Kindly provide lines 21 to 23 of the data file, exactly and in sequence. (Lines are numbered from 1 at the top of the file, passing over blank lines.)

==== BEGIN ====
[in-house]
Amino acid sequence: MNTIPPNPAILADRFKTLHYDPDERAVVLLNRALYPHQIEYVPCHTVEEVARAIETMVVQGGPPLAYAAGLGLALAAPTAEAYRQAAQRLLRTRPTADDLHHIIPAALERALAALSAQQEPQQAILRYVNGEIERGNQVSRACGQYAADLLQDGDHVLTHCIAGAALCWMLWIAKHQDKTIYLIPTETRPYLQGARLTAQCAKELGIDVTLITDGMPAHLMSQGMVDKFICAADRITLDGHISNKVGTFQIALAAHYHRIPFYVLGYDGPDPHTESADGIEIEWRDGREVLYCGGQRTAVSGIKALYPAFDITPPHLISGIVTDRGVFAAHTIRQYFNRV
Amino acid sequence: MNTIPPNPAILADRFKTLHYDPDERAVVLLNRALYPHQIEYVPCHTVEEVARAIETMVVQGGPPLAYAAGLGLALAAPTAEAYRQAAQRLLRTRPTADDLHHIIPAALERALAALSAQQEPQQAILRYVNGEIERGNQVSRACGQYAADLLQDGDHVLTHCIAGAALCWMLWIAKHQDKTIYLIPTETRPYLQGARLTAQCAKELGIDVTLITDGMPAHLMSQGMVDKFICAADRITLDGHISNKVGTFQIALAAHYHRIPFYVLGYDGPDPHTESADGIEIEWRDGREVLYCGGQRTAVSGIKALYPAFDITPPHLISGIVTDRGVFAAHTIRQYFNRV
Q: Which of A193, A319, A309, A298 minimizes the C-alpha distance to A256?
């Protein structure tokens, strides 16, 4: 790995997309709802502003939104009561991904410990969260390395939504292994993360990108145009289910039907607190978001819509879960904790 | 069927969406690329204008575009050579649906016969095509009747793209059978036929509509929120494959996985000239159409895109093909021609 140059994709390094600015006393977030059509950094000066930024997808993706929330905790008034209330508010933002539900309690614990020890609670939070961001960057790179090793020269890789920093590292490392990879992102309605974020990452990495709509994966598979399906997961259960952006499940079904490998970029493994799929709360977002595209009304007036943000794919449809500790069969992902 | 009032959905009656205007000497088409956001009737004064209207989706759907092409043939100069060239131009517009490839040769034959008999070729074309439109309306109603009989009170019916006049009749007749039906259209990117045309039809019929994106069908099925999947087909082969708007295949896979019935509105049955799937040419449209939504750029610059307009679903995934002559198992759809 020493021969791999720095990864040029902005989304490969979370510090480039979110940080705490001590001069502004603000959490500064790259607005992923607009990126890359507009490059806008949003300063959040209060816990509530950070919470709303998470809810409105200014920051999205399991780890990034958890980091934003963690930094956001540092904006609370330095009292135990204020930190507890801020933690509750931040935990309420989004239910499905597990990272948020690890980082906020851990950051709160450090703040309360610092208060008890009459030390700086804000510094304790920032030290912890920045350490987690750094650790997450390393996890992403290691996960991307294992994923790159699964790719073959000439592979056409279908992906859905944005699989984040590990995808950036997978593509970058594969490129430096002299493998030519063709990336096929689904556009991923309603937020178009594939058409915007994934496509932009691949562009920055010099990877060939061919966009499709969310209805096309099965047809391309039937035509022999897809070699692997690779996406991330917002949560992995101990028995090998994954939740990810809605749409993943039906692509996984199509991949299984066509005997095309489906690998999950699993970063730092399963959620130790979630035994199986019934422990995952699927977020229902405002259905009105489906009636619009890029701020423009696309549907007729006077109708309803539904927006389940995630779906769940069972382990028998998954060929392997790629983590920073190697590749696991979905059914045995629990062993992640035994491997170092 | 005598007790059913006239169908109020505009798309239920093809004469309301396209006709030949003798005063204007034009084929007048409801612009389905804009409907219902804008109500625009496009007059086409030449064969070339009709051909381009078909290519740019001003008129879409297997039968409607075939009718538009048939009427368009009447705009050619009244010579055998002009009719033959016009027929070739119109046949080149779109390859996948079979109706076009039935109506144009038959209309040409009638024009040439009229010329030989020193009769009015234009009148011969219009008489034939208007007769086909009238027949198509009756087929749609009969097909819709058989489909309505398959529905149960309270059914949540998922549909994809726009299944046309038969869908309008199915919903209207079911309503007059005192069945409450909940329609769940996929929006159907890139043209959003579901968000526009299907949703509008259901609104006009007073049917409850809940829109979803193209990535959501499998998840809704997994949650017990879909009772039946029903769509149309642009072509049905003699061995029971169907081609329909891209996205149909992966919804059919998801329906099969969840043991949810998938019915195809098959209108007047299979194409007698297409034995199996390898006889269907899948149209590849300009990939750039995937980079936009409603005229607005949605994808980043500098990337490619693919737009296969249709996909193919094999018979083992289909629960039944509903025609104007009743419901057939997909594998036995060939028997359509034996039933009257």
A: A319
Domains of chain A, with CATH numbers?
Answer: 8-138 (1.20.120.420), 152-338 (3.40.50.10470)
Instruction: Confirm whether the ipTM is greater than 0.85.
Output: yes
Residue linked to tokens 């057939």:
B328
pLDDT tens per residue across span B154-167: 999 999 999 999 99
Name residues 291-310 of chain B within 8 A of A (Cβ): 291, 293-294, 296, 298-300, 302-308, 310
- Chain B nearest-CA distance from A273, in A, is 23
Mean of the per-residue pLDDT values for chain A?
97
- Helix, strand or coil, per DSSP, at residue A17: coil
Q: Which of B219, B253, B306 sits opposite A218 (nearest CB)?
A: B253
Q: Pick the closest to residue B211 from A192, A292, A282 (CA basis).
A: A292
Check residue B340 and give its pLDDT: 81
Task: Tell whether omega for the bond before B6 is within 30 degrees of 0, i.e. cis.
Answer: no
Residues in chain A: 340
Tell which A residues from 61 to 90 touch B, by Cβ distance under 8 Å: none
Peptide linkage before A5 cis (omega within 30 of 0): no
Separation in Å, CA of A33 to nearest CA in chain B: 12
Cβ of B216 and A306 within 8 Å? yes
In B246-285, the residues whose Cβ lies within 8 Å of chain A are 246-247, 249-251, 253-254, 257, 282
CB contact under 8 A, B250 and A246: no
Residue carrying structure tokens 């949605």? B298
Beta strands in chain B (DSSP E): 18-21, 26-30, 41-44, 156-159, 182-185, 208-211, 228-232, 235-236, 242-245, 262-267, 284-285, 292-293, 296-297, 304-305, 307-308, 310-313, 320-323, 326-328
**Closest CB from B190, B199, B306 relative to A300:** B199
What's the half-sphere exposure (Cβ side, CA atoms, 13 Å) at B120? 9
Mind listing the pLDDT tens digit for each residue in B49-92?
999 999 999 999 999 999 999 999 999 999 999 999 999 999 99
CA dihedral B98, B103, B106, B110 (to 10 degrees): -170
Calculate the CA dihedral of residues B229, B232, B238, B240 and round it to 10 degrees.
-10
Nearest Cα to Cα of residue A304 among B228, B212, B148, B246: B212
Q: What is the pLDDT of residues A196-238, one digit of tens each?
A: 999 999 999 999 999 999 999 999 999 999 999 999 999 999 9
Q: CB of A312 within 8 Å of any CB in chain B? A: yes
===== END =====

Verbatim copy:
Q: Pick the closest to residue B211 from A192, A292, A282 (CA basis).
A: A292
Check residue B340 and give its pLDDT: 81